So, what did Saul do? Did he say to Ananias: Why do I need to get baptized? Can't I just pray Jesus into my heart and be forgiven? Saul said nothing of the sort. He obeyed God and was immersed in water just like the 3000 people were on the Day of Pentecost (cf. Acts 2:41; 9:18).
Now, let me make one point clear here: Just because a person is immersed in water does not necessarily mean they've been Biblically baptized. Did you understand that? Let me say it again: Just because a person is immersed in water does not necessarily mean they've been Biblically baptized. Why is that, Stephen? Well, because Bible baptism is immersion in water that is done for the remission of sins! That must be the person's purpose in being baptized: to have his or her sins washed away. If a person is immersed in water but their purpose in so doing is not to receive the forgiveness of their sins, then they have not been baptized Biblically! They have not been baptized like Saul was or like the Jews to whom Peter preached in Acts 2. If a person is immersed in water, but their purpose was not to have their sins washed away, then all they have really done is gotten soaked!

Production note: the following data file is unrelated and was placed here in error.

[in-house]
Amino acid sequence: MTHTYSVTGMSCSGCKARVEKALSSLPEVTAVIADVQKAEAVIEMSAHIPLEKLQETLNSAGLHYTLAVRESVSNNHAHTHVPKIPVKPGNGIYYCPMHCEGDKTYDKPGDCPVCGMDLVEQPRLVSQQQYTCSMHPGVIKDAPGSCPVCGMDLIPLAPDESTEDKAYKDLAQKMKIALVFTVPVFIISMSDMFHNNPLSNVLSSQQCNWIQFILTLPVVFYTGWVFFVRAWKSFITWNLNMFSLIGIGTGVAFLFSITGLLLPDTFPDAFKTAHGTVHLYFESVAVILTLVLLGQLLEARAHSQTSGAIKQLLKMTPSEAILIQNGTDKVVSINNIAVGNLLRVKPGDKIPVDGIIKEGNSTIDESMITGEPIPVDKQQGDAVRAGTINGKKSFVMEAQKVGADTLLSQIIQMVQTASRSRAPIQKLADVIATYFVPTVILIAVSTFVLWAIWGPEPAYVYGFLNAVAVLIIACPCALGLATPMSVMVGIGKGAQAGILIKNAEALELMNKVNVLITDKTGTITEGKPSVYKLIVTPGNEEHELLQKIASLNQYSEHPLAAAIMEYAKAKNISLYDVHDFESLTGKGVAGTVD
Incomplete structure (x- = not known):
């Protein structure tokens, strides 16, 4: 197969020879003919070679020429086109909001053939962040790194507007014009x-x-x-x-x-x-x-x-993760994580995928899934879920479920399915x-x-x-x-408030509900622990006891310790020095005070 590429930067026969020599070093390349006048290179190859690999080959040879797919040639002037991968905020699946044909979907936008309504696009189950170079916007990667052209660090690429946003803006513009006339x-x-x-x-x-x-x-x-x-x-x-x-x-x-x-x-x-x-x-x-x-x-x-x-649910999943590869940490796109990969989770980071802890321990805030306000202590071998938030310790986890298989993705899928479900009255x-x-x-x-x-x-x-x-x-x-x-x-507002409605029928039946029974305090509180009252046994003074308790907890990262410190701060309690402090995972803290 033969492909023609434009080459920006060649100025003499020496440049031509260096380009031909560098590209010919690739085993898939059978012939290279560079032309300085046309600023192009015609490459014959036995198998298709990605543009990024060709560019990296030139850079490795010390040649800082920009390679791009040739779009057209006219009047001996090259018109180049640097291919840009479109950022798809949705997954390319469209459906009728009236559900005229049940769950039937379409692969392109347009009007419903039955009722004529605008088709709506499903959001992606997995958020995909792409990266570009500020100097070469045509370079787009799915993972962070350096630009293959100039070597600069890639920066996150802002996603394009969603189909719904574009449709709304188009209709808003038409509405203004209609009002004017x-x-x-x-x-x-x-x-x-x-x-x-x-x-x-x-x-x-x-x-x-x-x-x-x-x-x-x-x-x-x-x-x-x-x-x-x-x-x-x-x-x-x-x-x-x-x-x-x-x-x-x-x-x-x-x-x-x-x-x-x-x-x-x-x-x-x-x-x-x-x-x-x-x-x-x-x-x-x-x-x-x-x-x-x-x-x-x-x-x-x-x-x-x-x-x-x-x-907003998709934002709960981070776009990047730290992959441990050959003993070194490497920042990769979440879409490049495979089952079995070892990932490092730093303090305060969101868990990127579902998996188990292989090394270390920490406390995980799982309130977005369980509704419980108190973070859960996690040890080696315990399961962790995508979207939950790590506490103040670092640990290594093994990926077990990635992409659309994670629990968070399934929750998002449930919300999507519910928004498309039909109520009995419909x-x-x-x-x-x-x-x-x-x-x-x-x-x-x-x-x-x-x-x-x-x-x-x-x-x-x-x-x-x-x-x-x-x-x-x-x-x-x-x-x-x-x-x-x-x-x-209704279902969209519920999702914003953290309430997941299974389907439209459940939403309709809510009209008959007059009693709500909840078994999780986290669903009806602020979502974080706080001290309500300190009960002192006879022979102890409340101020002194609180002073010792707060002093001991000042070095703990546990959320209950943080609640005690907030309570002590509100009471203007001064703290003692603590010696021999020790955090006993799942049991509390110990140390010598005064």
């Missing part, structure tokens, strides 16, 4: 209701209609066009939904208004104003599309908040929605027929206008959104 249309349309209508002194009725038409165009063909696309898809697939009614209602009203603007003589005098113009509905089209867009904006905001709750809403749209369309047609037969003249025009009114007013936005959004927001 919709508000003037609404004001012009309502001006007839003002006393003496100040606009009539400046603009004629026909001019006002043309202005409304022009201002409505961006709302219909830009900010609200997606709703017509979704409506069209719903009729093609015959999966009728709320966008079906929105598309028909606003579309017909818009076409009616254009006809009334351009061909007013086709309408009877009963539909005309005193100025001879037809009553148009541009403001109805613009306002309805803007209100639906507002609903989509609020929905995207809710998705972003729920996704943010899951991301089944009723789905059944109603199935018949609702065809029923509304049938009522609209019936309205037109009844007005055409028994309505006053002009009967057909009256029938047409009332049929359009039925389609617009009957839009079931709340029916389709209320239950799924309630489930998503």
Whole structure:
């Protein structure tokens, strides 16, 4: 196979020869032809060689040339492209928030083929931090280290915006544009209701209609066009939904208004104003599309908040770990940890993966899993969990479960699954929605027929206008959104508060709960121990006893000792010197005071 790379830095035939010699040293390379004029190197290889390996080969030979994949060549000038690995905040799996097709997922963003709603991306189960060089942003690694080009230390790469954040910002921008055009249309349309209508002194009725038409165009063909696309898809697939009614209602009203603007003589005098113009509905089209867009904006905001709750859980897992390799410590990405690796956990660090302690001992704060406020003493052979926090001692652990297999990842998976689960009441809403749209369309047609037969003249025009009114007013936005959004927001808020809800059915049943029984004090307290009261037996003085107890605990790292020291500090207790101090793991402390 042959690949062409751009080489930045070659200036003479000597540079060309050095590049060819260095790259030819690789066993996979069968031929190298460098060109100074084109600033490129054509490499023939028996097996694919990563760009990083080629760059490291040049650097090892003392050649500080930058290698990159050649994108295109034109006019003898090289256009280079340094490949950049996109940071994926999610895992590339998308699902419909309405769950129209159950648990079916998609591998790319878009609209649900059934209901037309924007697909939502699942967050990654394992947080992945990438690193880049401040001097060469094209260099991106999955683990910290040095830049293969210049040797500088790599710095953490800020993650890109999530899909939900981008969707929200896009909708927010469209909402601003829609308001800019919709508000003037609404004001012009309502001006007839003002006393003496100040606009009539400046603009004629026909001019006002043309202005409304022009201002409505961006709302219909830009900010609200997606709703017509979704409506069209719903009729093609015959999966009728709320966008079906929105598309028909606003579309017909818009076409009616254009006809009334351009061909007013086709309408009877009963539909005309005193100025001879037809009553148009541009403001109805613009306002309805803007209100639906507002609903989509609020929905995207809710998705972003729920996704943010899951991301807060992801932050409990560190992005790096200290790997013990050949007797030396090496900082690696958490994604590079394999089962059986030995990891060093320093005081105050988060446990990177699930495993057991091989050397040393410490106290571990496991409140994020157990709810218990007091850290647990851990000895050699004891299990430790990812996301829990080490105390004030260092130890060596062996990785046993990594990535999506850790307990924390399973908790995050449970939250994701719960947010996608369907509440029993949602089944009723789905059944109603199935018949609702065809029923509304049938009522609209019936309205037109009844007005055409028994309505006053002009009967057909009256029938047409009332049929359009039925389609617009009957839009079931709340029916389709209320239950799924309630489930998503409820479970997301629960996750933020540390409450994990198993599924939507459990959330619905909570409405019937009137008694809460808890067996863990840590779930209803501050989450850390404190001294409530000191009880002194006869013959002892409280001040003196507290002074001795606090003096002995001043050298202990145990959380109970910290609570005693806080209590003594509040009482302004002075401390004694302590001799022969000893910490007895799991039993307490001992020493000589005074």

This is a difficult point for many in the religious world to understand. Obviously, as we learned last week, sprinkling and pouring are not proper forms of Bible baptism. However, not all forms of immersion are proper either. If the person being baptized is not being immersed for the forgiveness of their sins, then they have not been properly baptized according to the Bible pattern. The purpose in being baptized is just as important as the physical act itself.